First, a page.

Sierra Property Qld Pty Ltd v National Construction Management Pty Ltd & Ors[2016] QSC 108

This case confirms that an adjudicator's failure to include adequate reasons for his or her decision will amount to jurisdictional error and that part of the decision will be invalid. Read the analysis of Jennifer McVeigh and Anne Crittall.

Commercial insights

An adjudicator's decision can be challenged if the adjudicator's reasons are inadequate.


The applicant (developer) and first respondent (builder) were parties to a construction contract.

A dispute arose regarding a progress payment for work under the original contract, together with variation claims.

The dispute proceeded to adjudication. The adjudicator allowed 95% of the builder's progress claim relating to the original contract without referring to, or making findings in relation to, the nine relevant contract categories of work identified in the adjudication submissions. The adjudicator also made allowances for variations, setting out reasons for those determinations.

The developer challenged the decision on the basis that the adjudicator failed to provide adequate reasons as required bysection 26(3)(b) of the Building and Construction Industry Payments Act 2004 (Qld) (Act). The developer contended that the failure to give reasons in relation to the work under the contract amounted to jurisdictional error and that part of the adjudication was invalid and should not be binding on the parties.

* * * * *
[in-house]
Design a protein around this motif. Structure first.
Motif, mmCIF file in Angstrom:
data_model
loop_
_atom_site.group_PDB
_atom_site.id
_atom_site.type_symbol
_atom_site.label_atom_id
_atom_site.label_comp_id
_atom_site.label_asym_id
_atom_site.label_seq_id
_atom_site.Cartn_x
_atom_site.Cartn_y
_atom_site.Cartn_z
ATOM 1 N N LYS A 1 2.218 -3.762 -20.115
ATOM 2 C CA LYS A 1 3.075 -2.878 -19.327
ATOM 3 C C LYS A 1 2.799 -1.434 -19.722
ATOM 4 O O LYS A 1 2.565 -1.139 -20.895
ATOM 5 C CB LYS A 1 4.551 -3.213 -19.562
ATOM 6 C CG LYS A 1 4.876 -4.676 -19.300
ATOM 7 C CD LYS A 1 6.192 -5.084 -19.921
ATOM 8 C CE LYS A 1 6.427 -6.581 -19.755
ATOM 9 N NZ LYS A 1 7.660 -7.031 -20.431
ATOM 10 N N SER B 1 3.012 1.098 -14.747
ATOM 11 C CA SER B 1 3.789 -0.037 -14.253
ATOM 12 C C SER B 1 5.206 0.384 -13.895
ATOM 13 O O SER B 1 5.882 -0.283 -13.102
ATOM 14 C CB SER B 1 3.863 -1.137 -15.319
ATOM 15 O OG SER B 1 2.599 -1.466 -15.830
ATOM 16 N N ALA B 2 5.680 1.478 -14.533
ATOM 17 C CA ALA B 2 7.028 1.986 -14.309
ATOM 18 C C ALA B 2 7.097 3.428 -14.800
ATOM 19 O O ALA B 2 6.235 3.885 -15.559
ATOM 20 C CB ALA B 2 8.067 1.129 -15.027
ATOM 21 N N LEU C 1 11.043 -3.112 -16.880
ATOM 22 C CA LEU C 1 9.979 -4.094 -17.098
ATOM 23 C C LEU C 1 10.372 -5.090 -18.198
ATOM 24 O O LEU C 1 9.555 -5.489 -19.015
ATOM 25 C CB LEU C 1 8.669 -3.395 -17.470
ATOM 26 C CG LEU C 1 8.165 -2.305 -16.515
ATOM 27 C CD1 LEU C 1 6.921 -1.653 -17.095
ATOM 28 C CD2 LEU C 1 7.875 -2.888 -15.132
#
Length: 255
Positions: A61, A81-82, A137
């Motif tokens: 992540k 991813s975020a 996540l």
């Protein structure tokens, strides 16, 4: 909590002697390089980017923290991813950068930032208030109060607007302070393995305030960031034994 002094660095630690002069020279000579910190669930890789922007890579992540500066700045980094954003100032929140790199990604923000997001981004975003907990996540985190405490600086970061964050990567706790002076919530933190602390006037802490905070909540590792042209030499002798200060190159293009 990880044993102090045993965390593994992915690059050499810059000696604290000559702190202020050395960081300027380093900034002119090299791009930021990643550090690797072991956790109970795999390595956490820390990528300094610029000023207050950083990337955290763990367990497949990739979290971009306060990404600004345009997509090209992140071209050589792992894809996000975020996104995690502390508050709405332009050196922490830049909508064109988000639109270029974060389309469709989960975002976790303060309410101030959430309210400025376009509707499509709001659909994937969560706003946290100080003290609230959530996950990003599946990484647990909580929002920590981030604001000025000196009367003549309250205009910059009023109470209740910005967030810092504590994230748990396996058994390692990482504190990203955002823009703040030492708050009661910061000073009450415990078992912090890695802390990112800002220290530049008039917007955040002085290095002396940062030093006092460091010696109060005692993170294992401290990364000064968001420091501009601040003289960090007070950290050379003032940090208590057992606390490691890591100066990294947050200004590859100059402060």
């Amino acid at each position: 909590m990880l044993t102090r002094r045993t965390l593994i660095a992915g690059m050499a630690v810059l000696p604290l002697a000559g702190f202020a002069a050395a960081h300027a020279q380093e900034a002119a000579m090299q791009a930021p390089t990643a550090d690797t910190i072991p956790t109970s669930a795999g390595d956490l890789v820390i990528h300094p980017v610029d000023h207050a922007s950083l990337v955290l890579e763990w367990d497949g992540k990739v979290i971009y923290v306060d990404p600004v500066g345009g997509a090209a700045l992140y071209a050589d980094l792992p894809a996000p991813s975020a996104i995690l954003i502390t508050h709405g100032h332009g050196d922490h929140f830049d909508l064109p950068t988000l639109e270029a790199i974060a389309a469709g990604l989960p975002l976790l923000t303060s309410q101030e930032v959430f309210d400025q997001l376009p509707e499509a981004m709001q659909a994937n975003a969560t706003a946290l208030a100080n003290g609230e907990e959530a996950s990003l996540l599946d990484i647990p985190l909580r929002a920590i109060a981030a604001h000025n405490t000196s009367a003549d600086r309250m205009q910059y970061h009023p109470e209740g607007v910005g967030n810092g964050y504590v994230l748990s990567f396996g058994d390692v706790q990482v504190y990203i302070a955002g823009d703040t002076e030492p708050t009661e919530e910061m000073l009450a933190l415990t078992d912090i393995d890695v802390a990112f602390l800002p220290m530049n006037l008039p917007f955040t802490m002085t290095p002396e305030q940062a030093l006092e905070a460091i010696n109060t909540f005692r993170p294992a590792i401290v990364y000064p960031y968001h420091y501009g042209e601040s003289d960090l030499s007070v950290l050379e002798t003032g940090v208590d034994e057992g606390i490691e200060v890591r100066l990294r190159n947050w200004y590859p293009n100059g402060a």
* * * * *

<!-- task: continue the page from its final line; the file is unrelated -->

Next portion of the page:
The court held that the portion of the adjudication decision relating to the original contract for which the adjudicator did not provide reasons was affected by jurisdictional error.

Jackson J considered that the statutory requirement under section 26 of the Act to provide reasons is a condition of the power of an adjudicator to decide the adjudication application and a failure to include reasons invalidates the decision.

His Honour went on to conclude that non-compliance with the requirement to provide reasons amounts to jurisdictional error. Therefore, the adjudicator's decision relating to works under the contract was affected by jurisdictional error, was invalid, and was not binding on the parties.

However, his Honour found that the adjudicator's decision relating to variation claims, for which reasons were given, was not invalid because regardless of whether or not the adjudicator's reasons were legally correct, they were provided in accordance with section 26 of the Act.